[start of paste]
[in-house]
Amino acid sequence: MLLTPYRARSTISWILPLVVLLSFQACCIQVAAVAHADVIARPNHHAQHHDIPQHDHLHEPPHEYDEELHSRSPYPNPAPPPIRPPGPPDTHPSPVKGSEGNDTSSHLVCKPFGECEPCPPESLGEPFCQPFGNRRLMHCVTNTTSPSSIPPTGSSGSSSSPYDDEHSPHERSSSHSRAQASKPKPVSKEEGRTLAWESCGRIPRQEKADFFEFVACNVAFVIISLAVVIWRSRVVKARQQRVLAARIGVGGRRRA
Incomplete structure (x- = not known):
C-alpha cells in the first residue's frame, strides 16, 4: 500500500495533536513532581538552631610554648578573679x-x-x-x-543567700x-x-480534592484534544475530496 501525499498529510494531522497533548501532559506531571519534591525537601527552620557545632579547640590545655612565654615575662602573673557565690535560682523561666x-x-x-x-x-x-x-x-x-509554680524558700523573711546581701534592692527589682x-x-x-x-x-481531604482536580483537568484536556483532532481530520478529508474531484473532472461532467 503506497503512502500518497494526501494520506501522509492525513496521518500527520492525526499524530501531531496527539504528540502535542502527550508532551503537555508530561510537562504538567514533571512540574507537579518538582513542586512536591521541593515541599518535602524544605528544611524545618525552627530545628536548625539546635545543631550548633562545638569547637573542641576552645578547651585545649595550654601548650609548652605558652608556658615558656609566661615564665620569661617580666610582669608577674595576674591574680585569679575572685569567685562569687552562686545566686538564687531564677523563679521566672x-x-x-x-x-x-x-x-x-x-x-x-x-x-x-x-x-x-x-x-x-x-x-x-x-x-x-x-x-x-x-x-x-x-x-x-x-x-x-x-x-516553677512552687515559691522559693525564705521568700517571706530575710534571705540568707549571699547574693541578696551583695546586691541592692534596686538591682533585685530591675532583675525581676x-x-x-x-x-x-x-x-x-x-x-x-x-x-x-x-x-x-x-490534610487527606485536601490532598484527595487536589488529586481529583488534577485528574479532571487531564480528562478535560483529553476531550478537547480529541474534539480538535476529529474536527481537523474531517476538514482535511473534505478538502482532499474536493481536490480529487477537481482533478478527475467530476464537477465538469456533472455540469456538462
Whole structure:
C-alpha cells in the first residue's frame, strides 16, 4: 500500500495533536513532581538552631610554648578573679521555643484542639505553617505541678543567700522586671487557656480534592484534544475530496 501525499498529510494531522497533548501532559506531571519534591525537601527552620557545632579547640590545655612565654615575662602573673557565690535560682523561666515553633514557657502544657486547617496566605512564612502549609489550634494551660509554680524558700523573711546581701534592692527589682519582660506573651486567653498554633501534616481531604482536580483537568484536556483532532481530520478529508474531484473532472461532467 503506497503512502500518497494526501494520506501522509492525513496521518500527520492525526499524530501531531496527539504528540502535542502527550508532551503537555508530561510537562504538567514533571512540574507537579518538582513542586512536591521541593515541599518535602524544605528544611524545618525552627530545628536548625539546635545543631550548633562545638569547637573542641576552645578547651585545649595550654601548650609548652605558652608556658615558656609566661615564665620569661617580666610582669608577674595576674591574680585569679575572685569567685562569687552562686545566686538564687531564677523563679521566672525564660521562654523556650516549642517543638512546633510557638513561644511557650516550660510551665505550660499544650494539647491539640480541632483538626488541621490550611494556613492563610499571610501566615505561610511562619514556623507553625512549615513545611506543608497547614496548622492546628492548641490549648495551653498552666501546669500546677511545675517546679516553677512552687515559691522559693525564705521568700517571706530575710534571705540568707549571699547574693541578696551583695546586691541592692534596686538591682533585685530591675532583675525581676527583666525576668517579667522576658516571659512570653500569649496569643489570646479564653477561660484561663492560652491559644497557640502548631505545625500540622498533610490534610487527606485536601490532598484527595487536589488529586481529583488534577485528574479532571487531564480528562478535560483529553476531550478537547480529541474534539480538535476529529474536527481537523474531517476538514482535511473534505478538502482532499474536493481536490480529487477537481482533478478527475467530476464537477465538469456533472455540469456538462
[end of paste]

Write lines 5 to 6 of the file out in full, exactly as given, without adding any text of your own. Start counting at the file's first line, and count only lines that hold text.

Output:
Whole structure:
C-alpha cells in the first residue's frame, strides 16, 4: 500500500495533536513532581538552631610554648578573679521555643484542639505553617505541678543567700522586671487557656480534592484534544475530496 501525499498529510494531522497533548501532559506531571519534591525537601527552620557545632579547640590545655612565654615575662602573673557565690535560682523561666515553633514557657502544657486547617496566605512564612502549609489550634494551660509554680524558700523573711546581701534592692527589682519582660506573651486567653498554633501534616481531604482536580483537568484536556483532532481530520478529508474531484473532472461532467 503506497503512502500518497494526501494520506501522509492525513496521518500527520492525526499524530501531531496527539504528540502535542502527550508532551503537555508530561510537562504538567514533571512540574507537579518538582513542586512536591521541593515541599518535602524544605528544611524545618525552627530545628536548625539546635545543631550548633562545638569547637573542641576552645578547651585545649595550654601548650609548652605558652608556658615558656609566661615564665620569661617580666610582669608577674595576674591574680585569679575572685569567685562569687552562686545566686538564687531564677523563679521566672525564660521562654523556650516549642517543638512546633510557638513561644511557650516550660510551665505550660499544650494539647491539640480541632483538626488541621490550611494556613492563610499571610501566615505561610511562619514556623507553625512549615513545611506543608497547614496548622492546628492548641490549648495551653498552666501546669500546677511545675517546679516553677512552687515559691522559693525564705521568700517571706530575710534571705540568707549571699547574693541578696551583695546586691541592692534596686538591682533585685530591675532583675525581676527583666525576668517579667522576658516571659512570653500569649496569643489570646479564653477561660484561663492560652491559644497557640502548631505545625500540622498533610490534610487527606485536601490532598484527595487536589488529586481529583488534577485528574479532571487531564480528562478535560483529553476531550478537547480529541474534539480538535476529529474536527481537523474531517476538514482535511473534505478538502482532499474536493481536490480529487477537481482533478478527475467530476464537477465538469456533472455540469456538462